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How Does VAT Work For Your Business

How Does VAT Work For Your Business

Vanessa Cresswell

Vanessa Cresswell

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How Does VAT Work For Your Business

Value-added tax (VAT) is charged on most goods in the UK. Some goods are exempt, and others have lower rates added to them, but most are charged at the standard VAT rate of 20%. Many very small businesses don’t need to register for VAT, but once your annual turnover passes the threshold, which is currently £85,000, it’s compulsory. You can also voluntarily register before reaching the threshold, which is useful for some businesses so they can get in the habit of charging VAT. If you’re wondering how does VAT work, take a look at the information below.

VAT Basics

UK businesses have to start paying VAT when their annual turnover reaches £85,000, although they can choose to start paying earlier. There is also another threshold for distance selling into the UK (£70,000). The threshold for deregistration is £83,000. VAT thresholds may change each year, so it’s important to stay up to date. You can register to pay VAT online, and you should check out which VAT rules apply to your goods and industry,

VAT Schemes

There are a number of different VAT schemes to help make it easier to pay your tax. If your business earns £150,000 or less in a year, you can register for the Flat Rate scheme. This scheme allows you to calculate your VAT as a percentage of your total turnover, rather than recording the VAT you charge for every sale. Businesses earning £1.35 million or less can use the Cash Accounting Scheme. Using cash accounting, you only have to pay VAT when your customer has paid you. There’s also the Annual Accounting Scheme, which allows you to reduce paperwork and manage your cash flow more easily if you use standard VAT accounting.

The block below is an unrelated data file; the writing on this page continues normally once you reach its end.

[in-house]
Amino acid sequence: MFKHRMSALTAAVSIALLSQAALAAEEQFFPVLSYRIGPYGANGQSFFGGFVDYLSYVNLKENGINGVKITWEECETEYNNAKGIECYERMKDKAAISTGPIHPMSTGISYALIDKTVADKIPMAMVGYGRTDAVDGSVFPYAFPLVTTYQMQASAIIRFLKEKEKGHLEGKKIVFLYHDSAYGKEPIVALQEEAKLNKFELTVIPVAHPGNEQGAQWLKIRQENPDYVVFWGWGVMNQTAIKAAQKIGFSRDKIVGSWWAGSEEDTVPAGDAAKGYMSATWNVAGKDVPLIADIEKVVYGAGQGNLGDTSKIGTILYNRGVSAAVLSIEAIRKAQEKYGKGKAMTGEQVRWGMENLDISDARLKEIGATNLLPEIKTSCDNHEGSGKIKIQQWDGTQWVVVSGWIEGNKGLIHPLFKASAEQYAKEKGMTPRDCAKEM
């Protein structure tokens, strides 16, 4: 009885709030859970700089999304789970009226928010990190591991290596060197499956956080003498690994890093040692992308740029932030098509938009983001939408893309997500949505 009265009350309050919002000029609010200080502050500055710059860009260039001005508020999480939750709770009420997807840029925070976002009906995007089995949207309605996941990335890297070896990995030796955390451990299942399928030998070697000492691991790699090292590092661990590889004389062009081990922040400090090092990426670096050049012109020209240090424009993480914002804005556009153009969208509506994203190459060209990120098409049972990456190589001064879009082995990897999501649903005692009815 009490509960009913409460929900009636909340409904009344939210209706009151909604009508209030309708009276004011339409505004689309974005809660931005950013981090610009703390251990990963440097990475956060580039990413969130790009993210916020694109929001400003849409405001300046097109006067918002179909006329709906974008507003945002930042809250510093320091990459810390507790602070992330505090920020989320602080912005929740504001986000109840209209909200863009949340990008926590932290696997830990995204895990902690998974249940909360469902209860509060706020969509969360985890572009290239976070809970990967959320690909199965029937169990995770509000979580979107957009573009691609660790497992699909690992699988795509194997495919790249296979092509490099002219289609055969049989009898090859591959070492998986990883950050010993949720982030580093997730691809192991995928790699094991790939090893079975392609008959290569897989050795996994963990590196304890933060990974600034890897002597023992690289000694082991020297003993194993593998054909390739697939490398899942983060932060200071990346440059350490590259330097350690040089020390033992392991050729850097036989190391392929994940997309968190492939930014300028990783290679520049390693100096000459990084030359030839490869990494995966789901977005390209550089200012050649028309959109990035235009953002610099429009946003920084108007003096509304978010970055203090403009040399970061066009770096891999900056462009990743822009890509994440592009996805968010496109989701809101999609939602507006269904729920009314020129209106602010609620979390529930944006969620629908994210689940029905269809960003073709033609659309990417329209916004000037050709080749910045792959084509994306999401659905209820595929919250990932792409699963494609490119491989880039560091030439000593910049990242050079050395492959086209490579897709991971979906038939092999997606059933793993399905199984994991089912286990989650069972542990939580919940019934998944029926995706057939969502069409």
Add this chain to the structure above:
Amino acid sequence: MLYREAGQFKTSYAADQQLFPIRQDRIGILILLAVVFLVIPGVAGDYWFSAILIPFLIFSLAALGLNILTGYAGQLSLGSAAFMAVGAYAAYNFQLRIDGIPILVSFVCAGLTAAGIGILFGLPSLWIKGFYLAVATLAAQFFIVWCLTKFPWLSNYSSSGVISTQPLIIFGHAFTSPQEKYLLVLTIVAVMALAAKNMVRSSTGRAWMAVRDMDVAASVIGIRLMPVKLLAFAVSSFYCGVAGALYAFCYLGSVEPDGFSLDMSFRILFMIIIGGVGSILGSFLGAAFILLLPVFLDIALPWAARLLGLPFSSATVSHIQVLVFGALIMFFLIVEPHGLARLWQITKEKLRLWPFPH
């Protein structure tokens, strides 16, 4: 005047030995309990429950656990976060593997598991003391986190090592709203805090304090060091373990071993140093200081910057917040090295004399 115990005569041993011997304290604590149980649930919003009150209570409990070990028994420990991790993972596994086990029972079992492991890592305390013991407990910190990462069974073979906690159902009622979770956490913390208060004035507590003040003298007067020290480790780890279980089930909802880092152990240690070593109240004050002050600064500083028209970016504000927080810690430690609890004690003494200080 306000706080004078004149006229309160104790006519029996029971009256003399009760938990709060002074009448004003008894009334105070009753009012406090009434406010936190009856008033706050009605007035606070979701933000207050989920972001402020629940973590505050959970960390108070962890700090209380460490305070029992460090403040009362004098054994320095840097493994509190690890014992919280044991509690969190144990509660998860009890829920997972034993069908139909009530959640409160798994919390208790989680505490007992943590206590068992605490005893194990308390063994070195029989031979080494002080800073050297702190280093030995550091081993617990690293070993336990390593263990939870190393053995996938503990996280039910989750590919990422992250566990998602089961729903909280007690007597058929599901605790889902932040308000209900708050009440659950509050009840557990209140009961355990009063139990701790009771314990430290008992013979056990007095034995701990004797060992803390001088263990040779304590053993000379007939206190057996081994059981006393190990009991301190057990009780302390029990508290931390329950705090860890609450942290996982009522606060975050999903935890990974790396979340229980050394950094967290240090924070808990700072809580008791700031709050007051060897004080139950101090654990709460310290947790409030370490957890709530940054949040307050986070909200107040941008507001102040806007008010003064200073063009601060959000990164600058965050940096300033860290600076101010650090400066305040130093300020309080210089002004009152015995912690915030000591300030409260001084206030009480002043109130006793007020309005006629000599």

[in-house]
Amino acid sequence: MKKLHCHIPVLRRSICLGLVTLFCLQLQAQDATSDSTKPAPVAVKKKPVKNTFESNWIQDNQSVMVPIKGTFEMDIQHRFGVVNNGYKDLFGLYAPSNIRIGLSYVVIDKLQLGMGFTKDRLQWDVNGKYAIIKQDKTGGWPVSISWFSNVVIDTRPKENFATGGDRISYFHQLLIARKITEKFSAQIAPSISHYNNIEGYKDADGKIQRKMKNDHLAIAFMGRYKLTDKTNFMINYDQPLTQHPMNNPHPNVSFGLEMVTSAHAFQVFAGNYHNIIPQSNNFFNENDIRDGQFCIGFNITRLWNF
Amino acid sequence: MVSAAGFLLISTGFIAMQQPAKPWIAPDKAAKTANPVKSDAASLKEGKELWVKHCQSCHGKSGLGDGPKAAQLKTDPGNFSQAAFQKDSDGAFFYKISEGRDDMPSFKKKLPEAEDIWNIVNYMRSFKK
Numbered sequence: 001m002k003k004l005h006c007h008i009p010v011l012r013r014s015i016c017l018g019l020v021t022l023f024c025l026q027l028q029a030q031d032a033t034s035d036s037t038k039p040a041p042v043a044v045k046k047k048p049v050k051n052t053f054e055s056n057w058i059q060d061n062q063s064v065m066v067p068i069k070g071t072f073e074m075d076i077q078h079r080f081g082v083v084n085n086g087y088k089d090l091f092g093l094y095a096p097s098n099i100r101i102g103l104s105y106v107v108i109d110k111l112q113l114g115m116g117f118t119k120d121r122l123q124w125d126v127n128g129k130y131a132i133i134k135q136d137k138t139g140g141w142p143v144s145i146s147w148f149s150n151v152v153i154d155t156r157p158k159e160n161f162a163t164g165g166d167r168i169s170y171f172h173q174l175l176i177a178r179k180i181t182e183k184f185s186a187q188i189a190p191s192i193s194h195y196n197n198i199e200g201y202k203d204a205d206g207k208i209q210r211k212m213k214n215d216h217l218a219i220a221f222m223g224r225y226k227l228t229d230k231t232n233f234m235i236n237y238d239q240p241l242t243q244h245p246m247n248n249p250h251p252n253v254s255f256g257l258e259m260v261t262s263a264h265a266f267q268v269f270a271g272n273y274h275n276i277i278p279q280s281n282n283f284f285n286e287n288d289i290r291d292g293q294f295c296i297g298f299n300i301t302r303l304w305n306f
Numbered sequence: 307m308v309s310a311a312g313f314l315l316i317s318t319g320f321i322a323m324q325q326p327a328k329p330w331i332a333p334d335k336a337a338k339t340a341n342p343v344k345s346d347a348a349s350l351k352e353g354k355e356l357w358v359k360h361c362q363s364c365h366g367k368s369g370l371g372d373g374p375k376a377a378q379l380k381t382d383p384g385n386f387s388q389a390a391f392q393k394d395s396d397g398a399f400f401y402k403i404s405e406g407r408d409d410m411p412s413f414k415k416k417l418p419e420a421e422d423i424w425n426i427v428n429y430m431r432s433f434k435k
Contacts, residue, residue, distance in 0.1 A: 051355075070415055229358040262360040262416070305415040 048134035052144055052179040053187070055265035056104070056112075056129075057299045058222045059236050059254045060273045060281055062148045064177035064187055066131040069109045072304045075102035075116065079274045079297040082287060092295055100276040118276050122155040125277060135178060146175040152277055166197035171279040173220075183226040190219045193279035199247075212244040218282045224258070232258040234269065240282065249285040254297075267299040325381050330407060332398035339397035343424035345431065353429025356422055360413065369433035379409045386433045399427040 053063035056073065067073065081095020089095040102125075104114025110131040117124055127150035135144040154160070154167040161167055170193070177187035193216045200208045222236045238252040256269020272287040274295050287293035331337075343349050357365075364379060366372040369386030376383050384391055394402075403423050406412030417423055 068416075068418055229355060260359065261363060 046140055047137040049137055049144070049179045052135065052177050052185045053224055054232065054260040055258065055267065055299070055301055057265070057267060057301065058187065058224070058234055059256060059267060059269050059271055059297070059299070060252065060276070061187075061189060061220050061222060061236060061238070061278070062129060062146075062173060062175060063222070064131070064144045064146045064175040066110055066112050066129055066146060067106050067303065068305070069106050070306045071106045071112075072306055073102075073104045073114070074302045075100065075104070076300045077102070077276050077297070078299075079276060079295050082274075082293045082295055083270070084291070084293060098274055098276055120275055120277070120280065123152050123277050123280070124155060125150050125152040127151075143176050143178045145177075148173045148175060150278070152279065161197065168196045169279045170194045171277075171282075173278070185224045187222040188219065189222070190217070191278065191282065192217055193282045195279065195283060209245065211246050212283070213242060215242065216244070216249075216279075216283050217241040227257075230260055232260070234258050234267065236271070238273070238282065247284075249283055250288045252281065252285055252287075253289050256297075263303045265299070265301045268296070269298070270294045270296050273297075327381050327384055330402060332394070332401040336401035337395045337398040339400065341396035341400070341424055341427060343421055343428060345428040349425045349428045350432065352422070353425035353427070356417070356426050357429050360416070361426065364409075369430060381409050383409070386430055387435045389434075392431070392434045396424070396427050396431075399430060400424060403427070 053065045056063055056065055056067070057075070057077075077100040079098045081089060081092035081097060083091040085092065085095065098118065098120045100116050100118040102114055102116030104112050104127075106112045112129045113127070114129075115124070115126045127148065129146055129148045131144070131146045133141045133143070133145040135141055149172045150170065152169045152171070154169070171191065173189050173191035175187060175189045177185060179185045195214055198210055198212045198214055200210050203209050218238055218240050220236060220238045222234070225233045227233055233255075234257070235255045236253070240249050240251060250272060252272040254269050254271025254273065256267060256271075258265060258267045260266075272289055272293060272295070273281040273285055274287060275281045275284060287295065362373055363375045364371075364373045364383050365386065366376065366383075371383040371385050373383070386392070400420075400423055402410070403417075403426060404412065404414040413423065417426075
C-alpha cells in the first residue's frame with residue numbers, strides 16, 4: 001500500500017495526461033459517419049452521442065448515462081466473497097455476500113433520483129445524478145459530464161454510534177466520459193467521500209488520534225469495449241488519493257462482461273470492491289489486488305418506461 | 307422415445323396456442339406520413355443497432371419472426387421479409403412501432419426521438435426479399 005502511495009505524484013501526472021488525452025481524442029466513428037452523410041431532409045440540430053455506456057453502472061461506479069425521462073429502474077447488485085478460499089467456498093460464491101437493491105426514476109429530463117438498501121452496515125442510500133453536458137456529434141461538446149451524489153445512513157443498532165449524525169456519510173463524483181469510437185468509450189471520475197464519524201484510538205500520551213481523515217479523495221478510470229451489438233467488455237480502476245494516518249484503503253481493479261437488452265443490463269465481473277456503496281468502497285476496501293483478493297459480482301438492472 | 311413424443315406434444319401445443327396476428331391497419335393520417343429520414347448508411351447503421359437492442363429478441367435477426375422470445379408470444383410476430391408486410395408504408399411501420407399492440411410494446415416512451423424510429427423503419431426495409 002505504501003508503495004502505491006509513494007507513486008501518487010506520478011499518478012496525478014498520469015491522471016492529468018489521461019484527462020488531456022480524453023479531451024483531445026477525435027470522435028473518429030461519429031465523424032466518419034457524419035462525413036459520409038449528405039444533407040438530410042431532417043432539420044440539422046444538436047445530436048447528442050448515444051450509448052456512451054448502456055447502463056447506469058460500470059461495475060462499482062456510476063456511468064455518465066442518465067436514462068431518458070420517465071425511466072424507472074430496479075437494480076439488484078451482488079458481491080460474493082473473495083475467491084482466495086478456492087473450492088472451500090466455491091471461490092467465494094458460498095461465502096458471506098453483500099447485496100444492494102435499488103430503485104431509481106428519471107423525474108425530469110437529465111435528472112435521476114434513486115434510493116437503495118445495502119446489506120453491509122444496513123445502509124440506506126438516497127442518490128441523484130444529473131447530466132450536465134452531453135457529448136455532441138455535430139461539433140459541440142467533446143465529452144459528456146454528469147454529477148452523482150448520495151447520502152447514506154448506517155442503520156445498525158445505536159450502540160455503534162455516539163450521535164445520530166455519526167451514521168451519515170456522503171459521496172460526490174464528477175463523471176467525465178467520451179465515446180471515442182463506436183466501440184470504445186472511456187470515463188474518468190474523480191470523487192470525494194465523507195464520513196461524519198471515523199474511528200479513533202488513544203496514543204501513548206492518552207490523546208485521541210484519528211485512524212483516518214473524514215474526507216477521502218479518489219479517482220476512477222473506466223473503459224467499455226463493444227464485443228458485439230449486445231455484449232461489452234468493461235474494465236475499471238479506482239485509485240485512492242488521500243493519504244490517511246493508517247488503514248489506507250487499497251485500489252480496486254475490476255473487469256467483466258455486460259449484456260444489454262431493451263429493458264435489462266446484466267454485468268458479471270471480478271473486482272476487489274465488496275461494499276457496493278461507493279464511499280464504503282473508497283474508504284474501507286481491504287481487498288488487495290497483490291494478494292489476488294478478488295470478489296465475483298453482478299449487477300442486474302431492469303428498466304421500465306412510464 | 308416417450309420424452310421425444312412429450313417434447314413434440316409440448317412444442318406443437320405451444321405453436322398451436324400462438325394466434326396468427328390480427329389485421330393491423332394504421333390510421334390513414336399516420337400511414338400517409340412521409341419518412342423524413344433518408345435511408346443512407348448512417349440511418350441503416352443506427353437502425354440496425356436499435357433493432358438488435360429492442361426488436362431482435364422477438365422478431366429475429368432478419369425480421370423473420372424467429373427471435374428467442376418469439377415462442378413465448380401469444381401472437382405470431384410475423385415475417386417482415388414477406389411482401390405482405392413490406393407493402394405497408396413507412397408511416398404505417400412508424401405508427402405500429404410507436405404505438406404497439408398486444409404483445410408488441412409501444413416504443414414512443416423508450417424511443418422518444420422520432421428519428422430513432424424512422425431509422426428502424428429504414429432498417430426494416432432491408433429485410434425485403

The VAT Rules

Apart from registering when your turnover reaches the threshold, there are other rules that your business needs to follow. You need to show the VAT amount separately on invoices and know what rate of VAT you should be charging on your goods. Apart from the standard rate of 20%, there’s also a reduced 5% rate and zero rate. For goods and services that are eligible for VAT, you must charge VAT on the full sales price.

The Benefits of Registering Early

It’s not essential to register for VAT before your business reaches the threshold. However, there are a couple of advantages that your business can enjoy. Firstly, you might feel that it benefits your business. You won’t have to put your prices up later when you have to start charging VAT. You can get into the habit of doing it right away, and not have to worry about when you’ll hit the threshold. It also prevents your business from looking small. Even though your business hasn’t grown that much just yet, you might not want it to appear too small to your customers or clients.

Stay up to date on the latest VAT information so you can make sure you follow the rules. Pay particular attention to any changes to the rules in March or April.

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